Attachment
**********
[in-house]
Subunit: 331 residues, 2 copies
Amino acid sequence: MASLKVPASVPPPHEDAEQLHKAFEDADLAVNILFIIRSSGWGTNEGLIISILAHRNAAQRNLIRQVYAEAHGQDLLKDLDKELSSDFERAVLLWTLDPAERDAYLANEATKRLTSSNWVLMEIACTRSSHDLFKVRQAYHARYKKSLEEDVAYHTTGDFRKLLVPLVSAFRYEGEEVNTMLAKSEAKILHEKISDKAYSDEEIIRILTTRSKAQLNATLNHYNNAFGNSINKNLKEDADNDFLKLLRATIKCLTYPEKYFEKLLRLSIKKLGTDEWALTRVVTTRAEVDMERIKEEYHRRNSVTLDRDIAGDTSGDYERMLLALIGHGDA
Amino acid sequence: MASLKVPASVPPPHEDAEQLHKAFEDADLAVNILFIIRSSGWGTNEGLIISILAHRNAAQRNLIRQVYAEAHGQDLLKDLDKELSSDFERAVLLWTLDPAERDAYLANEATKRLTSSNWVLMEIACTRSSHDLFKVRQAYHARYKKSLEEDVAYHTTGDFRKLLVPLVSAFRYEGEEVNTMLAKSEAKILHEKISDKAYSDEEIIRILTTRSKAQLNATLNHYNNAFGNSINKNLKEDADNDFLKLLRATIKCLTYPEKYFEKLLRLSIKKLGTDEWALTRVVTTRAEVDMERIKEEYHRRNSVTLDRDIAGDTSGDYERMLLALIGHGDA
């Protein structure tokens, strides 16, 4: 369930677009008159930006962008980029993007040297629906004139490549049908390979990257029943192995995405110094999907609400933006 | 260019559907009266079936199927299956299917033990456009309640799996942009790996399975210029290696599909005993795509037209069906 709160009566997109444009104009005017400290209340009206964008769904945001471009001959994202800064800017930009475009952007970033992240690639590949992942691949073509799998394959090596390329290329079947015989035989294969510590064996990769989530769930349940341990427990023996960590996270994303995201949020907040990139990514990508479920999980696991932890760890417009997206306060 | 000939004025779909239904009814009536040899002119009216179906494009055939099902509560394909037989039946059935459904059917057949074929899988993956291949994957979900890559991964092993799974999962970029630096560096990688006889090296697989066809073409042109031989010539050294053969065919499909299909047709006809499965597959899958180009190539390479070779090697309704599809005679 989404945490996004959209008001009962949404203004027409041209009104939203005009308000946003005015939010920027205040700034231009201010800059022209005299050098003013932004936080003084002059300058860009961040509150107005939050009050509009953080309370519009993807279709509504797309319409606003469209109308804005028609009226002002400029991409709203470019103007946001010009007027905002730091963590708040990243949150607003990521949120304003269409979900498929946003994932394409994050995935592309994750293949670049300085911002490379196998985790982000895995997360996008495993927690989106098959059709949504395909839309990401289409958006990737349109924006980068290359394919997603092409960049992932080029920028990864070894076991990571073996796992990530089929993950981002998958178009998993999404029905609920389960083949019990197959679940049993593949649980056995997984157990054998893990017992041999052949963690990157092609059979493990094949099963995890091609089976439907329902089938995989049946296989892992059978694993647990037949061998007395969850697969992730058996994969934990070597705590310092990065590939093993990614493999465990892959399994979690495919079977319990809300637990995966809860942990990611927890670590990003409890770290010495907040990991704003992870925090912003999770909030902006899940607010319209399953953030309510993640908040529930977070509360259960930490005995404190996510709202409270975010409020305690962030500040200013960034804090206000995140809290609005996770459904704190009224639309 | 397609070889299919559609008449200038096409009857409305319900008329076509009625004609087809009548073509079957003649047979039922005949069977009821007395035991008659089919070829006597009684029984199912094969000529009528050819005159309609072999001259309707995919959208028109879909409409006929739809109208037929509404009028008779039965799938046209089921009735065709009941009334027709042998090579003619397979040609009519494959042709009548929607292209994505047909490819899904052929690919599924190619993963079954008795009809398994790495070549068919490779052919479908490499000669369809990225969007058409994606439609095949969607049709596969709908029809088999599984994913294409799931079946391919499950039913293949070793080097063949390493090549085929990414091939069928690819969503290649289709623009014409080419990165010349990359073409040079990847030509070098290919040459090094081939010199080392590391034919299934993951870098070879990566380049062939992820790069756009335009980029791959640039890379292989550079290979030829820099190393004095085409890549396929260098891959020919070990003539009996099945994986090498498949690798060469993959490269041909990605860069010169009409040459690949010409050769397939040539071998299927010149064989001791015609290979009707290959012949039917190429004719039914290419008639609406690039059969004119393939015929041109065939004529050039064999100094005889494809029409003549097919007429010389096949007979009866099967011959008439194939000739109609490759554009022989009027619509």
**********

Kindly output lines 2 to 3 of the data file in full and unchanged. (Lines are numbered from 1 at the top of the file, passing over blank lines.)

Subunit: 331 residues, 2 copies
Amino acid sequence: MASLKVPASVPPPHEDAEQLHKAFEDADLAVNILFIIRSSGWGTNEGLIISILAHRNAAQRNLIRQVYAEAHGQDLLKDLDKELSSDFERAVLLWTLDPAERDAYLANEATKRLTSSNWVLMEIACTRSSHDLFKVRQAYHARYKKSLEEDVAYHTTGDFRKLLVPLVSAFRYEGEEVNTMLAKSEAKILHEKISDKAYSDEEIIRILTTRSKAQLNATLNHYNNAFGNSINKNLKEDADNDFLKLLRATIKCLTYPEKYFEKLLRLSIKKLGTDEWALTRVVTTRAEVDMERIKEEYHRRNSVTLDRDIAGDTSGDYERMLLALIGHGDA